PR chris

Anne Chapman | 2/13/2015 - 4:41pm

Unfortunately, while Padre las Casas did defend the native residents of some of the Caribbean islands against slavery, he encouraged importing Africans to be slaves instead.

Martin Eble | 3/5/2015 - 10:01pm

A quick survey of standard biographies of Bartolomé de las Casas did not turn up his encouraging importation of Africans to be slaves.


JACK HUNT | 2/13/2015 - 12:59pm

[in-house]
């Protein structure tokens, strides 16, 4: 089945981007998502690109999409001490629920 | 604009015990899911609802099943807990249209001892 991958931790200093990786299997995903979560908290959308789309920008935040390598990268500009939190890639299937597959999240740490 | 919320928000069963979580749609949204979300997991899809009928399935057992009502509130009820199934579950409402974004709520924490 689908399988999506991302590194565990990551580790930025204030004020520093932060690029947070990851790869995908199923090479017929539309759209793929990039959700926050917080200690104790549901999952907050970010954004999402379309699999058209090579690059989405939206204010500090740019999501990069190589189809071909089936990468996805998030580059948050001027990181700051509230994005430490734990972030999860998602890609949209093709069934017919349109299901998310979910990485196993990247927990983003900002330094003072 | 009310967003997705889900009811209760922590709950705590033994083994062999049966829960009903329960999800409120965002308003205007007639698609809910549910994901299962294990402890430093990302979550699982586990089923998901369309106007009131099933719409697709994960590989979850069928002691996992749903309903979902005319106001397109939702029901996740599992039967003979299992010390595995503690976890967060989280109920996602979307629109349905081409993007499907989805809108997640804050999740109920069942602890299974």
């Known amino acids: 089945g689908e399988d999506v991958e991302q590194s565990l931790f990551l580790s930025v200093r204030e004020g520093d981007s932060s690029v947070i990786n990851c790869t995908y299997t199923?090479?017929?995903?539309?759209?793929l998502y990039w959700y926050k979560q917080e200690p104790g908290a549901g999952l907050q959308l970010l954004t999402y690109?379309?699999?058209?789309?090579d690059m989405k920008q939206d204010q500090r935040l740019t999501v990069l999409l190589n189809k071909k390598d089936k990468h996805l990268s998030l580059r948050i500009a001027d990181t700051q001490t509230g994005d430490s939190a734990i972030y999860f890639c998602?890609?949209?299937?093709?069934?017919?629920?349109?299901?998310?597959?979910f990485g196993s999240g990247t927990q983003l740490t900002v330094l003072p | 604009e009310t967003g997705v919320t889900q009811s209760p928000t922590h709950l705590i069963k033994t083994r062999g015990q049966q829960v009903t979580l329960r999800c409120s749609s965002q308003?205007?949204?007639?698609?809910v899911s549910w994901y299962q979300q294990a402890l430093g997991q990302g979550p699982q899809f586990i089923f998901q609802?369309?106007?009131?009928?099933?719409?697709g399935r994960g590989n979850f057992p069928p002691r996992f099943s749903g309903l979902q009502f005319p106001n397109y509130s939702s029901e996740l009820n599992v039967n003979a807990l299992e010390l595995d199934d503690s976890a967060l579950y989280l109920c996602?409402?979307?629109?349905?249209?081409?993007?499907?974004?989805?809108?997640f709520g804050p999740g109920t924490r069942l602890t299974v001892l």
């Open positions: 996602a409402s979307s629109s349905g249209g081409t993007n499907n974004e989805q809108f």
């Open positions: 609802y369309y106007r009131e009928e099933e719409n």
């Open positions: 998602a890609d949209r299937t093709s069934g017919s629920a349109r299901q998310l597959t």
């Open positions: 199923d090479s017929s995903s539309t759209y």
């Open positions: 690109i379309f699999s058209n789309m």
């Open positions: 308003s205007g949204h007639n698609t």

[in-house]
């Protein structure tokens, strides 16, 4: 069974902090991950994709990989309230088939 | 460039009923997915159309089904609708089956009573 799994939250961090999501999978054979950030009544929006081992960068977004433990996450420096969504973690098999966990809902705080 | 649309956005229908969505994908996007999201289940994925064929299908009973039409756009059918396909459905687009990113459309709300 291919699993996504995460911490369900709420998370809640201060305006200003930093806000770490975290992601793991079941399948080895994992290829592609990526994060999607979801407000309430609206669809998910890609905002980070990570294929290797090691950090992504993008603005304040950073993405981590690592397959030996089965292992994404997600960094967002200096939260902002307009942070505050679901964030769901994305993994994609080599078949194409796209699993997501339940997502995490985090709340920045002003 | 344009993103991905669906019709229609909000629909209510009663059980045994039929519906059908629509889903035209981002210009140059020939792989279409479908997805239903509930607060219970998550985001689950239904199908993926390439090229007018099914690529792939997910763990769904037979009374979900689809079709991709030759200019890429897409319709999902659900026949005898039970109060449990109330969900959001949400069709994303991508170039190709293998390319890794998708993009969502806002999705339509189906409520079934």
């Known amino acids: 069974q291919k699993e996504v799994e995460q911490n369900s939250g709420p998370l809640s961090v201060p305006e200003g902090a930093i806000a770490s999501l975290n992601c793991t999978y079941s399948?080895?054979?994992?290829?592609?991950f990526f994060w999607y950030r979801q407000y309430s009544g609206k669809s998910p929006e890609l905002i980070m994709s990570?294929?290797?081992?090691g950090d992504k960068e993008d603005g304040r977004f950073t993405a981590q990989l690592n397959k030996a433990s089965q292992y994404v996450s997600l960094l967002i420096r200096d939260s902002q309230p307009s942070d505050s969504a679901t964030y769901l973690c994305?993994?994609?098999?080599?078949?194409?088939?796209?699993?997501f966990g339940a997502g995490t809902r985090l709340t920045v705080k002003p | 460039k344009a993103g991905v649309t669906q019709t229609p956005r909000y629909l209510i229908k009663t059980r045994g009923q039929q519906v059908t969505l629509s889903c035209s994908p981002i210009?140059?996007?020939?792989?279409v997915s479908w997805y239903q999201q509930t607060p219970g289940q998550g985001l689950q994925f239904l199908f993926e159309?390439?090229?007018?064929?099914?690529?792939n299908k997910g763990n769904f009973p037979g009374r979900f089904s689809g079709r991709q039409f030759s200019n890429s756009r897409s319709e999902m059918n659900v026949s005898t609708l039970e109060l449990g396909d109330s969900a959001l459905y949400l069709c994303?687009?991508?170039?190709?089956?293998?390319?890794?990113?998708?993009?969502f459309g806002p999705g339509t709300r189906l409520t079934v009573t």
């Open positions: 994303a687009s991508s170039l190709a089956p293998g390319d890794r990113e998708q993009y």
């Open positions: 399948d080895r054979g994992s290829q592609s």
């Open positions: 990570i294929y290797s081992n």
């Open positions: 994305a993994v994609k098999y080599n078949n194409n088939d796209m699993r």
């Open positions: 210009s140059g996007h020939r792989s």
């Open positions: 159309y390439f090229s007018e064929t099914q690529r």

And in the end being a saint, becoming a saint, is not our accomplishment but rather God's. It is God, who by the grace of Christ and the work of the Holy Spirit, makes the sinner a saint. When Jesus invited us to be perfect as our heavenly Father is perfect I suspect he wasn't saying that we should be divinely, squeakily clean. Seems that he might have been inviting us to become immersed in the divine reality just as he (God) became immersed in our human reality. Perfectly immersed that is!